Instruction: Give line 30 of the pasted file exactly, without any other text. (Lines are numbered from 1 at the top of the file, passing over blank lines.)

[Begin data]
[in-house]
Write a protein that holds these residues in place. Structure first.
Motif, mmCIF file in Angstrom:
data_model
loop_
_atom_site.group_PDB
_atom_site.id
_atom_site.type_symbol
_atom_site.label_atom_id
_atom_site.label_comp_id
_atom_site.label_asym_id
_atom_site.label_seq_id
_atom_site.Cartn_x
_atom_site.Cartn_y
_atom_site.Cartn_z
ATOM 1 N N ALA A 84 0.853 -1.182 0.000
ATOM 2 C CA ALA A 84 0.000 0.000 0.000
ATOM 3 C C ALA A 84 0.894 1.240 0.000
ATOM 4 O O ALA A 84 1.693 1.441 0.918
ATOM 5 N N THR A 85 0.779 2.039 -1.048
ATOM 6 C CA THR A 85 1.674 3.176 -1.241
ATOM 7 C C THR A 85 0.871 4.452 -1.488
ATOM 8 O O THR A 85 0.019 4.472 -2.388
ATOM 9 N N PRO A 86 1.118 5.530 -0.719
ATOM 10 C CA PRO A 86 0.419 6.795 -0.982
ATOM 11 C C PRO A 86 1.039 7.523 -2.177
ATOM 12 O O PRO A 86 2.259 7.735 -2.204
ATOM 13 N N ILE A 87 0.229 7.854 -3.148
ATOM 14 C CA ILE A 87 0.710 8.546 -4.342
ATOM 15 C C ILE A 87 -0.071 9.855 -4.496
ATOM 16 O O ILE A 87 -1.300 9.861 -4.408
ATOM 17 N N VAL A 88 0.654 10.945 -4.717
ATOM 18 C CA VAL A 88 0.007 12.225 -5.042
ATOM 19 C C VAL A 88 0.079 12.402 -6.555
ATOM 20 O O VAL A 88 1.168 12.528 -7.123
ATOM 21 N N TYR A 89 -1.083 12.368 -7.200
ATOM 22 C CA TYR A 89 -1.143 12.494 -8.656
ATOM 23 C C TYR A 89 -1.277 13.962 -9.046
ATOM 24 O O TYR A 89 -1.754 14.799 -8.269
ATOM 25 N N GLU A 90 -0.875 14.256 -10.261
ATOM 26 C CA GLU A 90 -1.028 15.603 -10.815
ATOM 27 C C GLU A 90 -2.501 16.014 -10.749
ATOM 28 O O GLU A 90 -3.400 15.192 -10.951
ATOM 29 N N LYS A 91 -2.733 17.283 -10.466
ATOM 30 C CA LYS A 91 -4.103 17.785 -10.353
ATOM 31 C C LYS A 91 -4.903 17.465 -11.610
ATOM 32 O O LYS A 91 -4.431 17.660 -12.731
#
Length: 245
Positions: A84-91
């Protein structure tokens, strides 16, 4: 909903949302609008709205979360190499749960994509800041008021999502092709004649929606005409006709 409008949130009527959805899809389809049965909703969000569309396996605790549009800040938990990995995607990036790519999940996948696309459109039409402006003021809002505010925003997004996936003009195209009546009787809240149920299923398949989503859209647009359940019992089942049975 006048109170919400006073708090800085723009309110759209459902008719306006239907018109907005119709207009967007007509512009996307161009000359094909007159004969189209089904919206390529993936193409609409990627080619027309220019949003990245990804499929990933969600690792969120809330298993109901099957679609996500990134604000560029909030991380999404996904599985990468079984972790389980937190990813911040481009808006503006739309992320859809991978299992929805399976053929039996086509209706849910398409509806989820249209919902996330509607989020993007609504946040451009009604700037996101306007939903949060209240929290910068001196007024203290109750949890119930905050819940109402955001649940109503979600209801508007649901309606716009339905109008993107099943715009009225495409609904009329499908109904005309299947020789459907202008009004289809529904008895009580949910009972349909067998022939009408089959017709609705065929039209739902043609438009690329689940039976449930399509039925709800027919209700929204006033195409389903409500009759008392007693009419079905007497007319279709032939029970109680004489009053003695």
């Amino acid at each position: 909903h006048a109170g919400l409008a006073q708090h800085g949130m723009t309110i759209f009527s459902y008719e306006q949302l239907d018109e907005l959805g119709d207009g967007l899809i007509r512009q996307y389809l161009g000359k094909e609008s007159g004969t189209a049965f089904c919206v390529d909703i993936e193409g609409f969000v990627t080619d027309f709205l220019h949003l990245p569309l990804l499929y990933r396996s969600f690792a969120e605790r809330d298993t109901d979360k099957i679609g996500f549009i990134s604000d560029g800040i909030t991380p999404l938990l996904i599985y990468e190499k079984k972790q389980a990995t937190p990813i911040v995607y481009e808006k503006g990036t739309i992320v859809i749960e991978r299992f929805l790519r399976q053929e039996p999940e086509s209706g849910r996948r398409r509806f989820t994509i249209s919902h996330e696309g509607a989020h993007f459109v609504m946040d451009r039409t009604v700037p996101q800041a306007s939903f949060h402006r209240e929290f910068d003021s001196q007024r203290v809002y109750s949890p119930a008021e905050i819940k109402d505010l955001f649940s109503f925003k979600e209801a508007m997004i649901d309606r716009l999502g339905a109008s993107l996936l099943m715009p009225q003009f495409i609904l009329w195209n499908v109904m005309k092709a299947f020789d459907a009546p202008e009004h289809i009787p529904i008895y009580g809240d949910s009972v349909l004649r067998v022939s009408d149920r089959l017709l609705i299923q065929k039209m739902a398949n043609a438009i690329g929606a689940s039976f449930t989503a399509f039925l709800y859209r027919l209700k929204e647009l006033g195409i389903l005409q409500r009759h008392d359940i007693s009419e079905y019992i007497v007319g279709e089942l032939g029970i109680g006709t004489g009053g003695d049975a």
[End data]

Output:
ATOM 15 C C ILE A 87 -0.071 9.855 -4.496